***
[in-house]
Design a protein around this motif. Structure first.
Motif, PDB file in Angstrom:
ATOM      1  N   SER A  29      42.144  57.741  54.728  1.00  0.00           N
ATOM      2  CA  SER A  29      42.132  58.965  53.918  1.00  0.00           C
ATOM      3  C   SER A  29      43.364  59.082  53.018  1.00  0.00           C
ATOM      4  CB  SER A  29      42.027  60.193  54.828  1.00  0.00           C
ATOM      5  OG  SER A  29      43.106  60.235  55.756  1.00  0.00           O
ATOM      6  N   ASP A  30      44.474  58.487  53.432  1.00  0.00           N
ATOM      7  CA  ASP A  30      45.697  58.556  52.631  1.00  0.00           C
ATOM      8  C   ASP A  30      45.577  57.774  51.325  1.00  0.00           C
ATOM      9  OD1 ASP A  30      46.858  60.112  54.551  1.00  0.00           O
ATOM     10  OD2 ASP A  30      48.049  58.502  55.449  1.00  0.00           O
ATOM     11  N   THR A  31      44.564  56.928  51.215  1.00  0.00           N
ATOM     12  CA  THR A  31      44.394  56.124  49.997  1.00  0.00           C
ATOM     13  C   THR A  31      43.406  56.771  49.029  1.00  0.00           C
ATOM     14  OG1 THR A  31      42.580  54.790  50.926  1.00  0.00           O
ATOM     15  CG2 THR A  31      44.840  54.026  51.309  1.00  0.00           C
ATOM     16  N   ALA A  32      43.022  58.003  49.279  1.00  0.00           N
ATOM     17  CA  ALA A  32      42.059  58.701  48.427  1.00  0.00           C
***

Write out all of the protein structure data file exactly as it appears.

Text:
[in-house]
Design a protein around this motif. Structure first.
Motif, PDB file in Angstrom:
ATOM      1  N   SER A  29      42.144  57.741  54.728  1.00  0.00           N
ATOM      2  CA  SER A  29      42.132  58.965  53.918  1.00  0.00           C
ATOM      3  C   SER A  29      43.364  59.082  53.018  1.00  0.00           C
ATOM      4  CB  SER A  29      42.027  60.193  54.828  1.00  0.00           C
ATOM      5  OG  SER A  29      43.106  60.235  55.756  1.00  0.00           O
ATOM      6  N   ASP A  30      44.474  58.487  53.432  1.00  0.00           N
ATOM      7  CA  ASP A  30      45.697  58.556  52.631  1.00  0.00           C
ATOM      8  C   ASP A  30      45.577  57.774  51.325  1.00  0.00           C
ATOM      9  OD1 ASP A  30      46.858  60.112  54.551  1.00  0.00           O
ATOM     10  OD2 ASP A  30      48.049  58.502  55.449  1.00  0.00           O
ATOM     11  N   THR A  31      44.564  56.928  51.215  1.00  0.00           N
ATOM     12  CA  THR A  31      44.394  56.124  49.997  1.00  0.00           C
ATOM     13  C   THR A  31      43.406  56.771  49.029  1.00  0.00           C
ATOM     14  OG1 THR A  31      42.580  54.790  50.926  1.00  0.00           O
ATOM     15  CG2 THR A  31      44.840  54.026  51.309  1.00  0.00           C
ATOM     16  N   ALA A  32      43.022  58.003  49.279  1.00  0.00           N
ATOM     17  CA  ALA A  32      42.059  58.701  48.427  1.00  0.00           C